George Saunders

It occurs to me that in my sleep-deprived state I may have omitted explaining what I’m doing here …

For the next two weeks I’ll be teaching a fiction course as part of the Summer Literary Seminar, and Slate has asked me to keep a diary of the first week. We have 40 or so students, nearly all Americans. Also teaching fiction are Josip Novakovich and Jonathan Ames (for this two-week session). Billy Collins is teaching poetry. In addition to the genre courses, students are able to take courses in the difficulties of translation, on Russian language, philosophy, and history, take guided trips around the city, etc. Distinguished Russian poets and fiction writers are around, as well as literary critics, artists … I’ve been here only three days or so but the level of learning and engagement has been amazing. Dennis Johnson (Jesus’ Son) and Edward Hirsch are due in next week. Anyone interested in serious writing or reading should check into this program: It confirms that literary culture is alive and well. Also, it’s “white nights” here and so it’s never fully dark … people go out to watch the bridges being raised at midnight, great cheers go up … a sort of round-the-clock giddiness … big black BMWs, rumored to belong to Russian Mafia, cluster outside casinos and strip bars …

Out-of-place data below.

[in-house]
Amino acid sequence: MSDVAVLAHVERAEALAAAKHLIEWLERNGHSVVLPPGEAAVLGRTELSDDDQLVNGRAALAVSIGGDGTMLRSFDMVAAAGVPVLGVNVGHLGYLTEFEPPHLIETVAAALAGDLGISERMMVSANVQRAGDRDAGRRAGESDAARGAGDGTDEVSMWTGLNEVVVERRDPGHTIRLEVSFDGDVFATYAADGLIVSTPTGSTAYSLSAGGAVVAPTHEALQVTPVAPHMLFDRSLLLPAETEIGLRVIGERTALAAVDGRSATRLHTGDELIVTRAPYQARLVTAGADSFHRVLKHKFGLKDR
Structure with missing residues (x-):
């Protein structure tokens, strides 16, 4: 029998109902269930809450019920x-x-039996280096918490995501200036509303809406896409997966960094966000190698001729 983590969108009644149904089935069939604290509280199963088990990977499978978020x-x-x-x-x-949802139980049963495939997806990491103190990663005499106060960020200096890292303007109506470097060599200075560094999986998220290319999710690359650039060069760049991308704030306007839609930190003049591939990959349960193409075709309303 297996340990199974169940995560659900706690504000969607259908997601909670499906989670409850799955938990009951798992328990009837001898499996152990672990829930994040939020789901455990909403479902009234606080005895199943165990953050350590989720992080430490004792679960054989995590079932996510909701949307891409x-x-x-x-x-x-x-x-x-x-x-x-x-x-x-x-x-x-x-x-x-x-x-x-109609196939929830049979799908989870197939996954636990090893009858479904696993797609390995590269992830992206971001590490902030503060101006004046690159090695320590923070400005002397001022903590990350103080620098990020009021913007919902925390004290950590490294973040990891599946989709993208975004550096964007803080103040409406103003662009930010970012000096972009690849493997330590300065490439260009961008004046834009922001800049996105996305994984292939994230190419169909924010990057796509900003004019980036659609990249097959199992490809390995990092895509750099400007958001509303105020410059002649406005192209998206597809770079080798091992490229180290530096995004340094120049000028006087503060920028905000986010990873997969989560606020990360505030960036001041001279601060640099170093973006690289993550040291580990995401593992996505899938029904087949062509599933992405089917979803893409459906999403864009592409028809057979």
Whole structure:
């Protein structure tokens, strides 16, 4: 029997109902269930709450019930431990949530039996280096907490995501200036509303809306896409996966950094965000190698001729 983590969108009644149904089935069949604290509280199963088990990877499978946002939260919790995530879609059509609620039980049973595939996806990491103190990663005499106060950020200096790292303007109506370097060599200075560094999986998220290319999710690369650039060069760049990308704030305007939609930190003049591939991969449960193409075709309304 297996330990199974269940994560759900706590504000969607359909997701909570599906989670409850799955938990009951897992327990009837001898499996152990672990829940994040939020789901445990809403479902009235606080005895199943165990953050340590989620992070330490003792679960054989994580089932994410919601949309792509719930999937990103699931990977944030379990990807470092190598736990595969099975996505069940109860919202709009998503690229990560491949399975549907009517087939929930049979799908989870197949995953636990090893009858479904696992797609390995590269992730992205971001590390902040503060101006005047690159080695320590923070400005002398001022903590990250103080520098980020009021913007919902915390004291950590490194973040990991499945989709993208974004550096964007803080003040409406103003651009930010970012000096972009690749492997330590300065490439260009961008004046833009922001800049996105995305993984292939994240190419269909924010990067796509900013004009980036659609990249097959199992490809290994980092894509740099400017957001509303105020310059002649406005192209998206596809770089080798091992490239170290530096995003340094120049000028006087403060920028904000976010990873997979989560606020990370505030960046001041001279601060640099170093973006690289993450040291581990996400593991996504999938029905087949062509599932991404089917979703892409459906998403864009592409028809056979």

Yesterday was slow, sort of a recovery day. Read student stories, walked down to the Church on the Spilled Blood. In the evening we all walked over to the Herzen University campus for a fiction reading. Josip Novakovich read a heartbreaking and gorgeous story of a Bosnian couple trying to make a go of their marriage in the face of rape, adultery, and simple monotony. Jonathan Ames read from his brilliant novel The Extra Man and then told a story, stand-up style: one of the most astonishing performances I’ve ever seen. Then some of us went over to a restaurant called the Idiot, in Dostoyevsky’s old neighborhood. Had a series of intense and interesting conversations with the young American writer Chris Boucher—an old soul and an amazing new writer. Then we all walked around the city, winding up at the intersection of the Nevsky and the Moyka River, trying to figure out which house the great Russian writer Isaac Babel had in mind in his story “De Maupassant”–this! is the house where the narrator goes to translate De Maupassant for a wealthy woman. We reached no conclusion, but it was a kick imagining Babel stumbling out of the house, drunk on love and the woman’s expensive wine, back to his hovel.

In the English-language newspaper yesterday, a photo of a blanket-covered corpse, victim of a mob hit, and a reference to a “flurry” of such hits in recent days. We haven’t seen any indication of this sort of thing, of course. The city seems, to me, Mr. Tourist, safe and friendly and full of good energy.

Well, there’s a line a mile long here at the public Internet facility, so I’d better close, until tomorrow.